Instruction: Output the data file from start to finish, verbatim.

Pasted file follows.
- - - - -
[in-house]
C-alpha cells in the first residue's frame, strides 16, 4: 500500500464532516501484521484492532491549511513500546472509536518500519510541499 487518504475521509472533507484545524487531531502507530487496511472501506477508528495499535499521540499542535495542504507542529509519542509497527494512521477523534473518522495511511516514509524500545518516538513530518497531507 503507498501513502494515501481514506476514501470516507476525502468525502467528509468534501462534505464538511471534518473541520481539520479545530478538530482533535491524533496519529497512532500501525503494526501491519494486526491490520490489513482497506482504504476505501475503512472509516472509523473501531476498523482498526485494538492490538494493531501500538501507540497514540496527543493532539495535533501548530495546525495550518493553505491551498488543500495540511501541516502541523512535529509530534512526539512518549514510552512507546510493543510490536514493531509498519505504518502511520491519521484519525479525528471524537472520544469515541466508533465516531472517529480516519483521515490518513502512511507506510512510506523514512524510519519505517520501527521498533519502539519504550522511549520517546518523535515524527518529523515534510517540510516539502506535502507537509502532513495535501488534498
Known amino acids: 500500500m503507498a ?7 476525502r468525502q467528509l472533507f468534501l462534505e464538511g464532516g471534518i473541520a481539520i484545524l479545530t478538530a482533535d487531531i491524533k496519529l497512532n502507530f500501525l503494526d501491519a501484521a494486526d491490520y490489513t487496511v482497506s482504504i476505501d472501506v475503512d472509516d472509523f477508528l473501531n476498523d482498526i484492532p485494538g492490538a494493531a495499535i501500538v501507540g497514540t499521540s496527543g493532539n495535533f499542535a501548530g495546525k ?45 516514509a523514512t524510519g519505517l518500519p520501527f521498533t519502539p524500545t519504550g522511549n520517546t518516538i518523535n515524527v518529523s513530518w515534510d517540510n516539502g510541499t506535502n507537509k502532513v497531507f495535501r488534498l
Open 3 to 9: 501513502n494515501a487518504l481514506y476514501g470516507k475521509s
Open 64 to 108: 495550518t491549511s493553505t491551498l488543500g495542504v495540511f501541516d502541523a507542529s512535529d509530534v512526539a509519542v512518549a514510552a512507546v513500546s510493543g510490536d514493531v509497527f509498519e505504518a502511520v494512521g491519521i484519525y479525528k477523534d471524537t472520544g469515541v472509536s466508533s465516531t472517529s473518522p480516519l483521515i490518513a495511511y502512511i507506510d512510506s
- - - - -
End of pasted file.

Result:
[in-house]
C-alpha cells in the first residue's frame, strides 16, 4: 500500500464532516501484521484492532491549511513500546472509536518500519510541499 487518504475521509472533507484545524487531531502507530487496511472501506477508528495499535499521540499542535495542504507542529509519542509497527494512521477523534473518522495511511516514509524500545518516538513530518497531507 503507498501513502494515501481514506476514501470516507476525502468525502467528509468534501462534505464538511471534518473541520481539520479545530478538530482533535491524533496519529497512532500501525503494526501491519494486526491490520490489513482497506482504504476505501475503512472509516472509523473501531476498523482498526485494538492490538494493531501500538501507540497514540496527543493532539495535533501548530495546525495550518493553505491551498488543500495540511501541516502541523512535529509530534512526539512518549514510552512507546510493543510490536514493531509498519505504518502511520491519521484519525479525528471524537472520544469515541466508533465516531472517529480516519483521515490518513502512511507506510512510506523514512524510519519505517520501527521498533519502539519504550522511549520517546518523535515524527518529523515534510517540510516539502506535502507537509502532513495535501488534498
Known amino acids: 500500500m503507498a ?7 476525502r468525502q467528509l472533507f468534501l462534505e464538511g464532516g471534518i473541520a481539520i484545524l479545530t478538530a482533535d487531531i491524533k496519529l497512532n502507530f500501525l503494526d501491519a501484521a494486526d491490520y490489513t487496511v482497506s482504504i476505501d472501506v475503512d472509516d472509523f477508528l473501531n476498523d482498526i484492532p485494538g492490538a494493531a495499535i501500538v501507540g497514540t499521540s496527543g493532539n495535533f499542535a501548530g495546525k ?45 516514509a523514512t524510519g519505517l518500519p520501527f521498533t519502539p524500545t519504550g522511549n520517546t518516538i518523535n515524527v518529523s513530518w515534510d517540510n516539502g510541499t506535502n507537509k502532513v497531507f495535501r488534498l
Open 3 to 9: 501513502n494515501a487518504l481514506y476514501g470516507k475521509s
Open 64 to 108: 495550518t491549511s493553505t491551498l488543500g495542504v495540511f501541516d502541523a507542529s512535529d509530534v512526539a509519542v512518549a514510552a512507546v513500546s510493543g510490536d514493531v509497527f509498519e505504518a502511520v494512521g491519521i484519525y479525528k477523534d471524537t472520544g469515541v472509536s466508533s465516531t472517529s473518522p480516519l483521515i490518513a495511511y502512511i507506510d512510506s